France Loses Out on Brexit billions: Belgian and Dutch ports picked for new Irish route
French ports were excluded from plans adopted by the European Commission to create shipping routes from Ireland to the rest of the Continent while avoiding Britain – which could cost Paris billions of euros in EU grants.
The Commission, the EU’s powerful executive, decided to create a direct shipping route by connecting Dublin and Cork with the Port of Rotterdam in the Netherlands and the Belgian ports of Antwerp and Zeebrugge.
A Commission spokesman said: “This is to guarantee the connectivity of Ireland with maintain Europe, in particular by ensuring clarity and continuity as regards future priorities for infrastructure development and investments.”
A diagram, dated July 11 and published on the Commission’s website, seven French seaports – Roscoff, Brest, Cherborug, Le Havre, Caen, Calais and Dunkerque – were listed on map with connections to Ireland, suggesting they were once considered routes.
French ports and business groups attempted to lobby Brussels but to no avail. Six of seven reports as part of a consultation said the route should run through France.
In the EU’s draft budget for 2021-2027, there is a proposed €30.6 billion available for its Connecting Europe Facility – which is designed to assist with major infrastructure upgrades across the bloc.
This means France could lose out on billions of EU funding as the Dutch and Belgian ports can apply for funds to increase their capacity ahead of the new routes being opened.
Funding is still far from a guarantee as handouts are heavily reliant on the outcome of Brexit negotiations, because the routes would only be needed in the event of a no deal, and still need to be adopted by the European Parliament and Council.
Martin Selmayr, the German head of the EU’s civil service, has been leading a team preparing for the possibility of a British no deal divorce.
In a briefing to MEPs in June, he stressed the importance of Ireland not being cut off financially from the rest of the EU as a result of Brexit. In the event of no deal, Dublin will become mostly cut off from Northern European ports due to its geographical location and the reliance using the Dover-Calais route.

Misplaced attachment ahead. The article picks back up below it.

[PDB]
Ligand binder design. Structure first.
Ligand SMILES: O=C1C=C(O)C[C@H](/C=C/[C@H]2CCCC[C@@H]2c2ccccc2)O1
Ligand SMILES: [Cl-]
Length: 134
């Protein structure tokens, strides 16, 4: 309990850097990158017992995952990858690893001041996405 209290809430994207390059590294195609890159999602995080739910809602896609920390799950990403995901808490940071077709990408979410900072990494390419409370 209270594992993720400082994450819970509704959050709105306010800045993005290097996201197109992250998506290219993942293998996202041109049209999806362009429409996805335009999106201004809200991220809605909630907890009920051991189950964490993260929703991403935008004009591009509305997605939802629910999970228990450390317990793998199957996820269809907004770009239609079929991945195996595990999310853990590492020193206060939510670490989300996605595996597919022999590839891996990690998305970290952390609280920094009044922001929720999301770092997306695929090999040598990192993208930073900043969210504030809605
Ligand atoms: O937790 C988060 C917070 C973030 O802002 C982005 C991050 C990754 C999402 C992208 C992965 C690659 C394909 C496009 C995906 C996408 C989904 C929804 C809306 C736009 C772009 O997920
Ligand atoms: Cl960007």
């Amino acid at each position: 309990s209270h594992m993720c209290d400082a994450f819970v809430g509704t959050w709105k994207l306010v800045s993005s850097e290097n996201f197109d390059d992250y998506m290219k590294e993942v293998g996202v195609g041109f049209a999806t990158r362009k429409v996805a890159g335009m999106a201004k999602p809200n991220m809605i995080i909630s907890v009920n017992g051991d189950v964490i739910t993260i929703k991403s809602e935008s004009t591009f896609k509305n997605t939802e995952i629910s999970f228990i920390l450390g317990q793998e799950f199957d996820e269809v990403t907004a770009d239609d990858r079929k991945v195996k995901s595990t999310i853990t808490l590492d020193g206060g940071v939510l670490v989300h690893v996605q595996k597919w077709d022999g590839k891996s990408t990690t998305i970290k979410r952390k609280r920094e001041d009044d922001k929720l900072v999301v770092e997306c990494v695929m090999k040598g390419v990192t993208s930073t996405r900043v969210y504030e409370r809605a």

The document, briefed by Mr Selmayr to MEPs, said: “The proposal will design a new maritime route to link Ireland with the continental part of the North Sea-Mediterranean corridor.”
The new North Sea-Mediterranean route aims to redirect billions of euros worth of trade from the usual overlands route through Britain to Belgium and Netherlands.
While French ports have missed out, the country’s rail operator SNCF have also been left frustrated after requesting the high-speed rail network linking Paris and Brussels to London should remain included in the transport corridor.
SNCF argued the UK should be kept within the EU’s North Sea- Mediterranean corridor after Brexit.
In its report, the firm said: “SNCF invites the involved parties to avoid hurdles to investments enhancing the existing rail infrastructure connecting the EU and the UK and to consider keeping the Paris-Lille-London/Brussels high speed rail network included in the NSM corridor after Brexit.”
The French rail operator added it is because the “high speed network is both technically homogeneous and strategic from a market viewpoint.”